General Insurance Article - 200% growth in African microinsurance helps 40m people

 A new study of African microinsurance markets, published by Making Finance Work For Africa (MFW4A) and Munich Re Foundation, finds that the number of low-income households benefiting from insurance services has grown by over 200% in 3 years to in excess of 44 million people. “This is a tremendous achievement. The expansion of quality insurance services to large numbers of low-income households can have a significant role in achieving the Millennium Development Goals,” said the ILO’s Craig Churchill, Chair of the Microinsurance Network. With Munich Re Foundation and the Tanzanian Insurance Regulatory Authority (TIRA), the Network is co-hosting the 8th International Microinsurance Conference in Dar es Salaam, Tanzania, between 6 – 8 November 2012, where the study will officially be launched.
 The conference will bring together over 500 experts from about 60 countries to discuss the challenges and opportunities in microinsurance, while also focusing on how to build upon the aforementioned growth. “One striking issue highlighted in the study is that the vast majority of Africans with insurance coverage, that is to say, close to 40 million people, are covered by life insurance. Other insurance products, related to health, agriculture, accident and property, are not as developed on the continent, which is inconsistent with the demand, especially for health insurance. This finding should drive the relevant stakeholders to take steps to address this shortcoming,” said Stefan Nalletamby, Partnership Coordinator of MFW4A.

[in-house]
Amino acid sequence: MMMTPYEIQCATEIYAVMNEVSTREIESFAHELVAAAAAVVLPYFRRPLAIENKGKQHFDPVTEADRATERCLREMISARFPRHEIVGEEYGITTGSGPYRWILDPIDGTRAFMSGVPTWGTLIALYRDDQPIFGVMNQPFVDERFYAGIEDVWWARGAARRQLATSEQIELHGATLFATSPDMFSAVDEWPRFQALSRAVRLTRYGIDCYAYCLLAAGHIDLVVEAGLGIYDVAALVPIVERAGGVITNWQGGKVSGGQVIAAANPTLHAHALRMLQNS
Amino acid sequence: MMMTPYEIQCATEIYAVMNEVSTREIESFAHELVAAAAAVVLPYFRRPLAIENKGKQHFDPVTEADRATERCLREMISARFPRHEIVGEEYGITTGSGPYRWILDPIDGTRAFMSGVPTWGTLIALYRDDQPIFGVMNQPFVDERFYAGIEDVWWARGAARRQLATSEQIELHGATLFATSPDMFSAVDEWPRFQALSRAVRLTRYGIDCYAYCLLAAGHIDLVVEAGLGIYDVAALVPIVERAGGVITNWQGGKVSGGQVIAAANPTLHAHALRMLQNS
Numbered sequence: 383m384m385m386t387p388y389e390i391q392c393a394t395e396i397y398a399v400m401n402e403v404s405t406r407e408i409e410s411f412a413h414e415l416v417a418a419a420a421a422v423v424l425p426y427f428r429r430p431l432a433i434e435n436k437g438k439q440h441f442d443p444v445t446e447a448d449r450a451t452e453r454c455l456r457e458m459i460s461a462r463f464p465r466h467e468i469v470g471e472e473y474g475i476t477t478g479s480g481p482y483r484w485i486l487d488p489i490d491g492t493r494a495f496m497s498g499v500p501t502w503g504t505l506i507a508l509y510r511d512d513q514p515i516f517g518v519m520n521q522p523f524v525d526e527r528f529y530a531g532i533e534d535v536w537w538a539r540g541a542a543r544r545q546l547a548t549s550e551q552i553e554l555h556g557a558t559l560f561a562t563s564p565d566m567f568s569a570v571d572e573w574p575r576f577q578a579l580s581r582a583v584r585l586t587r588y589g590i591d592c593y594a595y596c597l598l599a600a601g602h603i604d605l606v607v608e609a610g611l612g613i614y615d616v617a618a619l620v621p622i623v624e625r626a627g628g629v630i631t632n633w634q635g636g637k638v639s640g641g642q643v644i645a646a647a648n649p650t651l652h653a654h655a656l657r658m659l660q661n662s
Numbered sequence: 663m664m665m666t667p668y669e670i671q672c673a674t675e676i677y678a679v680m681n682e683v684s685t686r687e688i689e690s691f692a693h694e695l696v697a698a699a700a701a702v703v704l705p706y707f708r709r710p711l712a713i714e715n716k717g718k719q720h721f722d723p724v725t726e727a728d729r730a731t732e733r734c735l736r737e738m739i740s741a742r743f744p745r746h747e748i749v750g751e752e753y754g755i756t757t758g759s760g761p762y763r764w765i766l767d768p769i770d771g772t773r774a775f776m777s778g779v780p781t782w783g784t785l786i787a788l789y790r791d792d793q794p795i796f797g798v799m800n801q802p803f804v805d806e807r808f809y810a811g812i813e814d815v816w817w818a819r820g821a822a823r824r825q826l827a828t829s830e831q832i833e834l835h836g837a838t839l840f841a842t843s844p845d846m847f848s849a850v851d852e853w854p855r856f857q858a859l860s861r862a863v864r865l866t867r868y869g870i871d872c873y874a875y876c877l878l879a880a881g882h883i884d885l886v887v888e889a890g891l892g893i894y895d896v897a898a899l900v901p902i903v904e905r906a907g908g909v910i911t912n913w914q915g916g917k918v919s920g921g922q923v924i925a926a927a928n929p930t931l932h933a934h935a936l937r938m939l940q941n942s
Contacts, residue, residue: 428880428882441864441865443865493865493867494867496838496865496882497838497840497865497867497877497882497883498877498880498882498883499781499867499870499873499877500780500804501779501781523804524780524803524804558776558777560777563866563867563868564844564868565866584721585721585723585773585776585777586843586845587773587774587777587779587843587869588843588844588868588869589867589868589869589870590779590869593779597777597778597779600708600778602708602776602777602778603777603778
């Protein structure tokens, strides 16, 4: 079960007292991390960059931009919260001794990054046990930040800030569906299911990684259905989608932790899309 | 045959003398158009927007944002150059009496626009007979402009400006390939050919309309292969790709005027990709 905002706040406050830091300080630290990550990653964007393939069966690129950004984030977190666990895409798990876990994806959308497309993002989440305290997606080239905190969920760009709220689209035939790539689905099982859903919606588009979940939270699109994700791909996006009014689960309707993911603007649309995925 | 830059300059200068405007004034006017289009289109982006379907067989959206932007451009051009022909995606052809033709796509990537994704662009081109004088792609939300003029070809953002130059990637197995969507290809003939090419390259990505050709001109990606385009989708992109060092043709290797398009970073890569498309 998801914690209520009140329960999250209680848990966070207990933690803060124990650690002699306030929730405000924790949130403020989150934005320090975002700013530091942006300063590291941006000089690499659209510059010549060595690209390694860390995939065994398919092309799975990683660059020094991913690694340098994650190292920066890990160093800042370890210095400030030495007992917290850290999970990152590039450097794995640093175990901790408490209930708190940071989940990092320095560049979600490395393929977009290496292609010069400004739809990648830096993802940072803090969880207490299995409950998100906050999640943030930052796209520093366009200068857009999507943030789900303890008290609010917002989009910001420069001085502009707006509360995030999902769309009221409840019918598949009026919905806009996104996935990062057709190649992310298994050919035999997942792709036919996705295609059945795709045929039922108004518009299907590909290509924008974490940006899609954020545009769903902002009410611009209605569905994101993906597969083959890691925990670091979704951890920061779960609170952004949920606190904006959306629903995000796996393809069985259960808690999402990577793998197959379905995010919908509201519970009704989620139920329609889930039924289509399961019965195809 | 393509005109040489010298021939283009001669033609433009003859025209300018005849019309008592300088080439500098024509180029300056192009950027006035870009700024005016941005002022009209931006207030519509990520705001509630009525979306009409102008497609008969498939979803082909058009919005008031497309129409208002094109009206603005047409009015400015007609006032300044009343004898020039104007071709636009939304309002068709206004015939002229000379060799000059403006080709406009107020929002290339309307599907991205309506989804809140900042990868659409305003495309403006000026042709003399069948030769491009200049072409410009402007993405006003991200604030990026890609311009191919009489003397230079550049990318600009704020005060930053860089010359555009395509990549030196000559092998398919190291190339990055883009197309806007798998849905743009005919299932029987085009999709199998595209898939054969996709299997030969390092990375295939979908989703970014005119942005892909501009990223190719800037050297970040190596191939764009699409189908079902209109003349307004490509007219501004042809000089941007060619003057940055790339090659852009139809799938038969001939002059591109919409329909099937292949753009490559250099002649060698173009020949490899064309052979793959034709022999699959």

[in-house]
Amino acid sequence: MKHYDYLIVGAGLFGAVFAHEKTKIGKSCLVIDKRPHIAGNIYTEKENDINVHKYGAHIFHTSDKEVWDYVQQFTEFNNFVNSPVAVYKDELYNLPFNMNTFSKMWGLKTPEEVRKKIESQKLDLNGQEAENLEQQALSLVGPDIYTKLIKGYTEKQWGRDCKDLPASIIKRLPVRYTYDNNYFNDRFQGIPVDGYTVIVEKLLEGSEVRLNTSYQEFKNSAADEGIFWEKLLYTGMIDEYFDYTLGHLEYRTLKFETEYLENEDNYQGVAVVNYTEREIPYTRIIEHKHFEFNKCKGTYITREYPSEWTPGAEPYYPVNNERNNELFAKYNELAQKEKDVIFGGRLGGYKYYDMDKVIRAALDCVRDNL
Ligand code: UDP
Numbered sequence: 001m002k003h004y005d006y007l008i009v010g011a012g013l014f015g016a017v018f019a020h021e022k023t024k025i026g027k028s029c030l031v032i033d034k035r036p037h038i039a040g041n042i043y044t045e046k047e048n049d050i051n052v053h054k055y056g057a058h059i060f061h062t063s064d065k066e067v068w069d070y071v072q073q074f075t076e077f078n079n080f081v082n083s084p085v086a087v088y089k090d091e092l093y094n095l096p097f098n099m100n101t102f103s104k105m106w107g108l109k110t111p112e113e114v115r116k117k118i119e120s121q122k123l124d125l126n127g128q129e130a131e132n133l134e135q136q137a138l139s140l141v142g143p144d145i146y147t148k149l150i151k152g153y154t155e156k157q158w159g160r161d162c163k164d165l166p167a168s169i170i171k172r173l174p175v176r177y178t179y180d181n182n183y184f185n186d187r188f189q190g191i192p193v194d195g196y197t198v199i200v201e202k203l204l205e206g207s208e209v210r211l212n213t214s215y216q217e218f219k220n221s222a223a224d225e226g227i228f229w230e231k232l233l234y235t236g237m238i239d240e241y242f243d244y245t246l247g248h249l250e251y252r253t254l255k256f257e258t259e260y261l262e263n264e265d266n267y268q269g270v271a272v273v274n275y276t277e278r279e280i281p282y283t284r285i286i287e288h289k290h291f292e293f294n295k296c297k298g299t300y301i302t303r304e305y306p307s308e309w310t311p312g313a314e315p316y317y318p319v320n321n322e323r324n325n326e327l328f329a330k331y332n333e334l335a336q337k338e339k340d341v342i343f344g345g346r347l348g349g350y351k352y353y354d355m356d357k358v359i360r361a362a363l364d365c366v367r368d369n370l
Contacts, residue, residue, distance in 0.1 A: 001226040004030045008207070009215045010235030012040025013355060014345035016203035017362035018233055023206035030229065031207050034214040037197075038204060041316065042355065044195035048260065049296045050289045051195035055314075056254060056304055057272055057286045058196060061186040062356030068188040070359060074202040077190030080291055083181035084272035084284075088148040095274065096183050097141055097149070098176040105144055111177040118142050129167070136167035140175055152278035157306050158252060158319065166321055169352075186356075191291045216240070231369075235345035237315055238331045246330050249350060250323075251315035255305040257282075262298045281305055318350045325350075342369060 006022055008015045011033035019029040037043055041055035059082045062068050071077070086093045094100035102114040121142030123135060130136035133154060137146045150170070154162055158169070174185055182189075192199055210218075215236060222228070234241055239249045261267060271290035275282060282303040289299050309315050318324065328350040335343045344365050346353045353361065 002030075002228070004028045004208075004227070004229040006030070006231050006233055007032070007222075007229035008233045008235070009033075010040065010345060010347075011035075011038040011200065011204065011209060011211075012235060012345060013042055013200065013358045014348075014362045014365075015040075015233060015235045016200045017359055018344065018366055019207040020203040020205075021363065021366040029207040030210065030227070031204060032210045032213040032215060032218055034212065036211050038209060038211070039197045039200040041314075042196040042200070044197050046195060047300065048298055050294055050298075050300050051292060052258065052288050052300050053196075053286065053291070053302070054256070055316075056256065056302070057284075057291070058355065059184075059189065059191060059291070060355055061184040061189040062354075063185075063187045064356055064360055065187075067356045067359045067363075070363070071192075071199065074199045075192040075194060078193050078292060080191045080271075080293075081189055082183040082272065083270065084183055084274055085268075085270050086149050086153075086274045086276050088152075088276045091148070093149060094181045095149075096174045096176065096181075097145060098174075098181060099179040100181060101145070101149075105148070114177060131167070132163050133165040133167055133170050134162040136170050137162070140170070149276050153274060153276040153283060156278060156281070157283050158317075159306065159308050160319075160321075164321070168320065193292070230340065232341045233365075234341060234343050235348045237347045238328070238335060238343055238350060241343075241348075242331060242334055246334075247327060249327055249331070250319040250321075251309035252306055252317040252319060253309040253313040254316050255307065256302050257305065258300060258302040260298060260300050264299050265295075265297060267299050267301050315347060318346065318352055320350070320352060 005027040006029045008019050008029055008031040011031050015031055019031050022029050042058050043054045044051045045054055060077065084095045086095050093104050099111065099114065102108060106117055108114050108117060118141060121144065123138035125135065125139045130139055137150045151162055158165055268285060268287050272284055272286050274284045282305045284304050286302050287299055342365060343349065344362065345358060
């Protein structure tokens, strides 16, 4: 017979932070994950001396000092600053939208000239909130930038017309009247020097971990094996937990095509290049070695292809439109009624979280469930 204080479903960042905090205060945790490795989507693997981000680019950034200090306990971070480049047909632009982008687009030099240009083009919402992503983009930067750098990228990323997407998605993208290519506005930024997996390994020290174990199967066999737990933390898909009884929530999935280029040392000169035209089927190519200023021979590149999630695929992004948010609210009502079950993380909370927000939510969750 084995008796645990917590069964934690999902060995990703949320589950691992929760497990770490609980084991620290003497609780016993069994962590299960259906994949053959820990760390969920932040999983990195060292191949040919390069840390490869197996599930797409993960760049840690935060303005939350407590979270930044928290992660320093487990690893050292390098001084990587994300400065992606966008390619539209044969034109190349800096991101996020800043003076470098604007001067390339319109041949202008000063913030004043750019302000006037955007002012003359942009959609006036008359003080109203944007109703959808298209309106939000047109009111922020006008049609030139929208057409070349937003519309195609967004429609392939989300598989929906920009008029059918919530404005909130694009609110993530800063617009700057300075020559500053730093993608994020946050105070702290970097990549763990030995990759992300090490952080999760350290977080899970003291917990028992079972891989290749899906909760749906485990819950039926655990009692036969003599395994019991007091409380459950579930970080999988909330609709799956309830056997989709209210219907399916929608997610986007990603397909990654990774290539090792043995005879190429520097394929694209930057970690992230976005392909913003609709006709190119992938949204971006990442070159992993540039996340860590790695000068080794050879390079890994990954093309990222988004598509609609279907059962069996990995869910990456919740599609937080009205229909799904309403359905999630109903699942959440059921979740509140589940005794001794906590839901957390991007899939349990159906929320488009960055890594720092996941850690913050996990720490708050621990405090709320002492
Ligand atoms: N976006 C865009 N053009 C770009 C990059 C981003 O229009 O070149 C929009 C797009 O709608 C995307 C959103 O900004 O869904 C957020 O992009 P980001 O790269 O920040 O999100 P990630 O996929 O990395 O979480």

Furthermore in geographical terms, the study noted that over 38 million of the insured people are concentrated in Southern and Eastern Africa, with South Africa alone covering 27 million. In Tanzania, the microinsurance sector is developing at a steady pace. “With 3.3 million people covered by microinsurance, which represents a growth of around 7% in three years, the Tanzanian regulatory authority has been focusing its efforts on raising the awareness and benefits of insurance amongst the poor, as well as working together with Access to Insurance Initiative (A2II) to stimulate the market through new regulations,” said Israel Kamuzora, Insurance Commissioner, TIRA.
 From a global perspective, the microinsurance sector is moving forward at considerable speed. In Latin America and the Caribbean, another recent study identified over 40 million low-income people covered by microinsurance, and the publication of the second edition of the Microinsurance Compendium should continue to fuel additional interest in the sector. “With nearly 220 organisations providing microinsurance in Africa, the study clearly shows the rising interest in insuring the low-income market. This is underlined by the fact that the conference will welcome insurance regulatory and supervisory authorities from over 20 countries who will pave the way for increasing outreach and improving client value,” said Dirk Reinhard, Vice Chairman of Munich Re Foundation and Board member of the Microinsurance Network.

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